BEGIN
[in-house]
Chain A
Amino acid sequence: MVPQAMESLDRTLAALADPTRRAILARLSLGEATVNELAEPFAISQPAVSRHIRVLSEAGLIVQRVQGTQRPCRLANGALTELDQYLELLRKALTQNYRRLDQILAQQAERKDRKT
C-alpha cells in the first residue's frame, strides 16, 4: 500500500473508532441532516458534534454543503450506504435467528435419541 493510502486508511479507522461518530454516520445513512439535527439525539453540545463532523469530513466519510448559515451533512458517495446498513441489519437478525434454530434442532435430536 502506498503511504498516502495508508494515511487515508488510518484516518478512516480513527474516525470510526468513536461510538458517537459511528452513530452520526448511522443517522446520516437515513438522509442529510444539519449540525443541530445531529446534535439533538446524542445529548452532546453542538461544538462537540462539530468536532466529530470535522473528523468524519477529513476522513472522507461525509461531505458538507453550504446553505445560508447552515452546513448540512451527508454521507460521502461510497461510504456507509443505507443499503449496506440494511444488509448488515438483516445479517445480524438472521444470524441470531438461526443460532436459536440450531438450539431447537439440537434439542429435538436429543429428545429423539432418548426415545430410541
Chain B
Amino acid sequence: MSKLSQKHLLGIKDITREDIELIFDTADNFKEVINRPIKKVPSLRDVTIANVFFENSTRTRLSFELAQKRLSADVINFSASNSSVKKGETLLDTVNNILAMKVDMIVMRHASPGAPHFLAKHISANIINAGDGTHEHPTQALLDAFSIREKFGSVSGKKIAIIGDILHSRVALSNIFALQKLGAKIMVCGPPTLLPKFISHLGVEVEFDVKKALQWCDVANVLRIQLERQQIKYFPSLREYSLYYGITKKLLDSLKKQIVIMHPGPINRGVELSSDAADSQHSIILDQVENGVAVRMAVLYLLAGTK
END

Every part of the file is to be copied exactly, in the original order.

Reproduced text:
[in-house]
Chain A
Amino acid sequence: MVPQAMESLDRTLAALADPTRRAILARLSLGEATVNELAEPFAISQPAVSRHIRVLSEAGLIVQRVQGTQRPCRLANGALTELDQYLELLRKALTQNYRRLDQILAQQAERKDRKT
C-alpha cells in the first residue's frame, strides 16, 4: 500500500473508532441532516458534534454543503450506504435467528435419541 493510502486508511479507522461518530454516520445513512439535527439525539453540545463532523469530513466519510448559515451533512458517495446498513441489519437478525434454530434442532435430536 502506498503511504498516502495508508494515511487515508488510518484516518478512516480513527474516525470510526468513536461510538458517537459511528452513530452520526448511522443517522446520516437515513438522509442529510444539519449540525443541530445531529446534535439533538446524542445529548452532546453542538461544538462537540462539530468536532466529530470535522473528523468524519477529513476522513472522507461525509461531505458538507453550504446553505445560508447552515452546513448540512451527508454521507460521502461510497461510504456507509443505507443499503449496506440494511444488509448488515438483516445479517445480524438472521444470524441470531438461526443460532436459536440450531438450539431447537439440537434439542429435538436429543429428545429423539432418548426415545430410541
Chain B
Amino acid sequence: MSKLSQKHLLGIKDITREDIELIFDTADNFKEVINRPIKKVPSLRDVTIANVFFENSTRTRLSFELAQKRLSADVINFSASNSSVKKGETLLDTVNNILAMKVDMIVMRHASPGAPHFLAKHISANIINAGDGTHEHPTQALLDAFSIREKFGSVSGKKIAIIGDILHSRVALSNIFALQKLGAKIMVCGPPTLLPKFISHLGVEVEFDVKKALQWCDVANVLRIQLERQQIKYFPSLREYSLYYGITKKLLDSLKKQIVIMHPGPINRGVELSSDAADSQHSIILDQVENGVAVRMAVLYLLAGTK